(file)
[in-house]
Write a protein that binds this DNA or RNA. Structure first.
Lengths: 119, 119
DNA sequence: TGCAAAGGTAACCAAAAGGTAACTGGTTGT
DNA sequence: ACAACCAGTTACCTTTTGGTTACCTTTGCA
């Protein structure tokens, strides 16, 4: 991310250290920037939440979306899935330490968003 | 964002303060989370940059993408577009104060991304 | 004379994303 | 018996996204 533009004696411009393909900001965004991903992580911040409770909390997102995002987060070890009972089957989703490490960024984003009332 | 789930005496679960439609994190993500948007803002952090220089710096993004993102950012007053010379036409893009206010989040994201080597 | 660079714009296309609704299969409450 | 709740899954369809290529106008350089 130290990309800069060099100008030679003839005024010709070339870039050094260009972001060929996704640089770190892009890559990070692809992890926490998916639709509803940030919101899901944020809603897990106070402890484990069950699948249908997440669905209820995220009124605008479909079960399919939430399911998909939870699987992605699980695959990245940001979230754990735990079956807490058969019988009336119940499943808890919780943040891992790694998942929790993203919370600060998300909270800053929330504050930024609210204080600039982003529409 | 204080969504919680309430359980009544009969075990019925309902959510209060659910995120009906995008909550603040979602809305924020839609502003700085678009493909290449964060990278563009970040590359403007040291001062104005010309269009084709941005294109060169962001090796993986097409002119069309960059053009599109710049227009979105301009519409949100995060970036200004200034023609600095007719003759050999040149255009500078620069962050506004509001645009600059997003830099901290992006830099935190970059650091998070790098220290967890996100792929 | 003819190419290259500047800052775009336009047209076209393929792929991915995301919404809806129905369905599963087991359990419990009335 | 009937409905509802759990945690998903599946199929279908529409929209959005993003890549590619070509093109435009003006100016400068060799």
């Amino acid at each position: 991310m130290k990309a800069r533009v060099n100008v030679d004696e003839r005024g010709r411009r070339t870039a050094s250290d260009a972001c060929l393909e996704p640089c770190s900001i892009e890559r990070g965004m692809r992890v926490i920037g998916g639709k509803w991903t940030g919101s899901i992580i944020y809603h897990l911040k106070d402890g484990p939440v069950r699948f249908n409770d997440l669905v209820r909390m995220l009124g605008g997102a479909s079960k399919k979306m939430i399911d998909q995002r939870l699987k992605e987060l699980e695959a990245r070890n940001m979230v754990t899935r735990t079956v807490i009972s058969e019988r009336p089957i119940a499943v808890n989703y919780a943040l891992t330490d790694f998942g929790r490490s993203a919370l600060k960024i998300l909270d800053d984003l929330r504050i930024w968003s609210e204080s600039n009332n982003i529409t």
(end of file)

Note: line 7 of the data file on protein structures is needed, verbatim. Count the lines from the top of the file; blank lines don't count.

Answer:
């Amino acid at each position: 991310m130290k990309a800069r533009v060099n100008v030679d004696e003839r005024g010709r411009r070339t870039a050094s250290d260009a972001c060929l393909e996704p640089c770190s900001i892009e890559r990070g965004m692809r992890v926490i920037g998916g639709k509803w991903t940030g919101s899901i992580i944020y809603h897990l911040k106070d402890g484990p939440v069950r699948f249908n409770d997440l669905v209820r909390m995220l009124g605008g997102a479909s079960k399919k979306m939430i399911d998909q995002r939870l699987k992605e987060l699980e695959a990245r070890n940001m979230v754990t899935r735990t079956v807490i009972s058969e019988r009336p089957i119940a499943v808890n989703y919780a943040l891992t330490d790694f998942g929790r490490s993203a919370l600060k960024i998300l909270d800053d984003l929330r504050i930024w968003s609210e204080s600039n009332n982003i529409t």